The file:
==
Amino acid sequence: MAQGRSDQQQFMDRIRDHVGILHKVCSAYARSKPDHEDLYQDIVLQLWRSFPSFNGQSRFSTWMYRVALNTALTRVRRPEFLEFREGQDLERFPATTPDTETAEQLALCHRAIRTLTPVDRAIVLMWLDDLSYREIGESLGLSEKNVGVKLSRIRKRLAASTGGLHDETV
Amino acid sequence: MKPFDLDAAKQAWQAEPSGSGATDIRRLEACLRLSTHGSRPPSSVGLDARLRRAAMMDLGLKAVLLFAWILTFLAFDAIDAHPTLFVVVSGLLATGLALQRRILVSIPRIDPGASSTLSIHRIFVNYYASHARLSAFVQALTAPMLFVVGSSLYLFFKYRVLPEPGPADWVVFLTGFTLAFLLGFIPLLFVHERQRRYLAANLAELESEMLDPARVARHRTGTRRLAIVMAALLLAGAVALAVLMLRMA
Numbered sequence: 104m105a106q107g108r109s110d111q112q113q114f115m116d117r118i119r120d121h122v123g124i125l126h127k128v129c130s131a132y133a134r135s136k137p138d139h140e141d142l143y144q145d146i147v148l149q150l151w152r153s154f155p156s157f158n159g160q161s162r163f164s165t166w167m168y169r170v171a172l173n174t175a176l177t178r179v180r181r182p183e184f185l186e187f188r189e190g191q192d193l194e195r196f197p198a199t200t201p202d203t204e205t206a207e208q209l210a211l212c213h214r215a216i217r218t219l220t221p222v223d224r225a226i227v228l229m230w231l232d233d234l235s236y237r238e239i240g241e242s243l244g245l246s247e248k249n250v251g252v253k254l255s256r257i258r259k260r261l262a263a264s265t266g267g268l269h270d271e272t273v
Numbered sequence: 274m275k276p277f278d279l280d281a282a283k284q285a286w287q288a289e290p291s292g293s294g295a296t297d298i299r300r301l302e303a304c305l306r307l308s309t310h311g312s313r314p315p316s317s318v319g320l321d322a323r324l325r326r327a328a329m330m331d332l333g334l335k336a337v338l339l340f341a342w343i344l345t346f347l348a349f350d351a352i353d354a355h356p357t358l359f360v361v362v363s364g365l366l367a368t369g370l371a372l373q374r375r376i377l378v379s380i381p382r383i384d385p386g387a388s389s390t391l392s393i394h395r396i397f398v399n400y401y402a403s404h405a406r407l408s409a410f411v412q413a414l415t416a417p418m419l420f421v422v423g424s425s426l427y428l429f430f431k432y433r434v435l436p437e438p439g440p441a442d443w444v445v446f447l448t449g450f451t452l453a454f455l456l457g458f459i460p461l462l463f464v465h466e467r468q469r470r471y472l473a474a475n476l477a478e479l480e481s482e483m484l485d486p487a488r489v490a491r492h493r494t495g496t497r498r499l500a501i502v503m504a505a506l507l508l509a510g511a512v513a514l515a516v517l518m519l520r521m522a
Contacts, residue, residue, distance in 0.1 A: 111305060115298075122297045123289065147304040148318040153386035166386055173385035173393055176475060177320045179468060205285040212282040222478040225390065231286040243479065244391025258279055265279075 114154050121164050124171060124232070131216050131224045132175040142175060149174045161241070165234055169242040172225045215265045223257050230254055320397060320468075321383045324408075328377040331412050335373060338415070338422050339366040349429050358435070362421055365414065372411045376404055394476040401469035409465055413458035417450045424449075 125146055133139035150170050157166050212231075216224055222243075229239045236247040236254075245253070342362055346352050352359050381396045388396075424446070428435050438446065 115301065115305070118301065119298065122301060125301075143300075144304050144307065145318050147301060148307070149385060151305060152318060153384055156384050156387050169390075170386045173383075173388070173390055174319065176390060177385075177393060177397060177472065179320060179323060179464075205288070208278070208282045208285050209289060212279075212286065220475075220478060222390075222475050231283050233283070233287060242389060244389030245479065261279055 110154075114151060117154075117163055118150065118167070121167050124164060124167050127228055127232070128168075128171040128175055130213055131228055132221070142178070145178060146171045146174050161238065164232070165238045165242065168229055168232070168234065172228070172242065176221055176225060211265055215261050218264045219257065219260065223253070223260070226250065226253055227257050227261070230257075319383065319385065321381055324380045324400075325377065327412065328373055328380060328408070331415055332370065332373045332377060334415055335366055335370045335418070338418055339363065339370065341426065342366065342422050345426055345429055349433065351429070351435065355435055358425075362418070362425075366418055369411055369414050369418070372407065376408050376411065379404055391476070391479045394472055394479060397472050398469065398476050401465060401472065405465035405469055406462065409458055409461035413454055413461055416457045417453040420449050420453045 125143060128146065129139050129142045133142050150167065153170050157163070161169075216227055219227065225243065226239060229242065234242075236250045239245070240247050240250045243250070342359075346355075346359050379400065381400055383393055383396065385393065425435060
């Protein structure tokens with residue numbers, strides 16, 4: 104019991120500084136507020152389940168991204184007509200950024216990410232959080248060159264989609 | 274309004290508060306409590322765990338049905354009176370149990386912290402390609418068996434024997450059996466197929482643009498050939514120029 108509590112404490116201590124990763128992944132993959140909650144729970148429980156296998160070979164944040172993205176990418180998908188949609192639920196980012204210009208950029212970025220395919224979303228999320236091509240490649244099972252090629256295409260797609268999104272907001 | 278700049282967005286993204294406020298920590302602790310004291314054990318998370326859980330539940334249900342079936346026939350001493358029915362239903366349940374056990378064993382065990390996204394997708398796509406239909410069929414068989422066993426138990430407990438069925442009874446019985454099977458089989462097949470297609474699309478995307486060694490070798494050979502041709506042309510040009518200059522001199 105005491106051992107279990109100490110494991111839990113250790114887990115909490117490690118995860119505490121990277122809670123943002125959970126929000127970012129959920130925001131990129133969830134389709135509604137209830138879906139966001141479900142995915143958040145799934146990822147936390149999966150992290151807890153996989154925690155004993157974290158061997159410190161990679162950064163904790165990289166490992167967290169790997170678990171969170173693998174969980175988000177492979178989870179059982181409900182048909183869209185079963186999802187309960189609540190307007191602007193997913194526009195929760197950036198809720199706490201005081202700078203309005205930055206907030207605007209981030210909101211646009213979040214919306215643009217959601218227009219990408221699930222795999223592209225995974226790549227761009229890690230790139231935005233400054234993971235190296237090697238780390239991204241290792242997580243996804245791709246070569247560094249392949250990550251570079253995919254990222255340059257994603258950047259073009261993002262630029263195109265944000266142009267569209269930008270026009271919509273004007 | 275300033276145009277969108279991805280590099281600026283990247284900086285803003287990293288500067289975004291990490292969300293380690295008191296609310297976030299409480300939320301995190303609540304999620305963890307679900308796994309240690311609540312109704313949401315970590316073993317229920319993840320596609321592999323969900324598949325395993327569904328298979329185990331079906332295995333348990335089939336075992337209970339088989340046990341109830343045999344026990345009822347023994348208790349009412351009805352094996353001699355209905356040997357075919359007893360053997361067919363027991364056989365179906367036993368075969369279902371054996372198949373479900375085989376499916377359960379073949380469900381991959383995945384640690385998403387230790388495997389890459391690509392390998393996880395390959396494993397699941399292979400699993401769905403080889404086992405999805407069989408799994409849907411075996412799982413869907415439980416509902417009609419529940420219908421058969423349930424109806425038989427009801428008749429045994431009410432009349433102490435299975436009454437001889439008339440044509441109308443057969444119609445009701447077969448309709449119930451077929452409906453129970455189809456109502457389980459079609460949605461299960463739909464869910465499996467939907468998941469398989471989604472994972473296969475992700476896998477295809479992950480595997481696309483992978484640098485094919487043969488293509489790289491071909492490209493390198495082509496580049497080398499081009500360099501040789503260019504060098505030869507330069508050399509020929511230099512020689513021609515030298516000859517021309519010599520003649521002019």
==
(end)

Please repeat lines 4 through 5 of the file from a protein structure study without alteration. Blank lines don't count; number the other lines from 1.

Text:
Numbered sequence: 274m275k276p277f278d279l280d281a282a283k284q285a286w287q288a289e290p291s292g293s294g295a296t297d298i299r300r301l302e303a304c305l306r307l308s309t310h311g312s313r314p315p316s317s318v319g320l321d322a323r324l325r326r327a328a329m330m331d332l333g334l335k336a337v338l339l340f341a342w343i344l345t346f347l348a349f350d351a352i353d354a355h356p357t358l359f360v361v362v363s364g365l366l367a368t369g370l371a372l373q374r375r376i377l378v379s380i381p382r383i384d385p386g387a388s389s390t391l392s393i394h395r396i397f398v399n400y401y402a403s404h405a406r407l408s409a410f411v412q413a414l415t416a417p418m419l420f421v422v423g424s425s426l427y428l429f430f431k432y433r434v435l436p437e438p439g440p441a442d443w444v445v446f447l448t449g450f451t452l453a454f455l456l457g458f459i460p461l462l463f464v465h466e467r468q469r470r471y472l473a474a475n476l477a478e479l480e481s482e483m484l485d486p487a488r489v490a491r492h493r494t495g496t497r498r499l500a501i502v503m504a505a506l507l508l509a510g511a512v513a514l515a516v517l518m519l520r521m522a
Contacts, residue, residue, distance in 0.1 A: 111305060115298075122297045123289065147304040148318040153386035166386055173385035173393055176475060177320045179468060205285040212282040222478040225390065231286040243479065244391025258279055265279075 114154050121164050124171060124232070131216050131224045132175040142175060149174045161241070165234055169242040172225045215265045223257050230254055320397060320468075321383045324408075328377040331412050335373060338415070338422050339366040349429050358435070362421055365414065372411045376404055394476040401469035409465055413458035417450045424449075 125146055133139035150170050157166050212231075216224055222243075229239045236247040236254075245253070342362055346352050352359050381396045388396075424446070428435050438446065 115301065115305070118301065119298065122301060125301075143300075144304050144307065145318050147301060148307070149385060151305060152318060153384055156384050156387050169390075170386045173383075173388070173390055174319065176390060177385075177393060177397060177472065179320060179323060179464075205288070208278070208282045208285050209289060212279075212286065220475075220478060222390075222475050231283050233283070233287060242389060244389030245479065261279055 110154075114151060117154075117163055118150065118167070121167050124164060124167050127228055127232070128168075128171040128175055130213055131228055132221070142178070145178060146171045146174050161238065164232070165238045165242065168229055168232070168234065172228070172242065176221055176225060211265055215261050218264045219257065219260065223253070223260070226250065226253055227257050227261070230257075319383065319385065321381055324380045324400075325377065327412065328373055328380060328408070331415055332370065332373045332377060334415055335366055335370045335418070338418055339363065339370065341426065342366065342422050345426055345429055349433065351429070351435065355435055358425075362418070362425075366418055369411055369414050369418070372407065376408050376411065379404055391476070391479045394472055394479060397472050398469065398476050401465060401472065405465035405469055406462065409458055409461035413454055413461055416457045417453040420449050420453045 125143060128146065129139050129142045133142050150167065153170050157163070161169075216227055219227065225243065226239060229242065234242075236250045239245070240247050240250045243250070342359075346355075346359050379400065381400055383393055383396065385393065425435060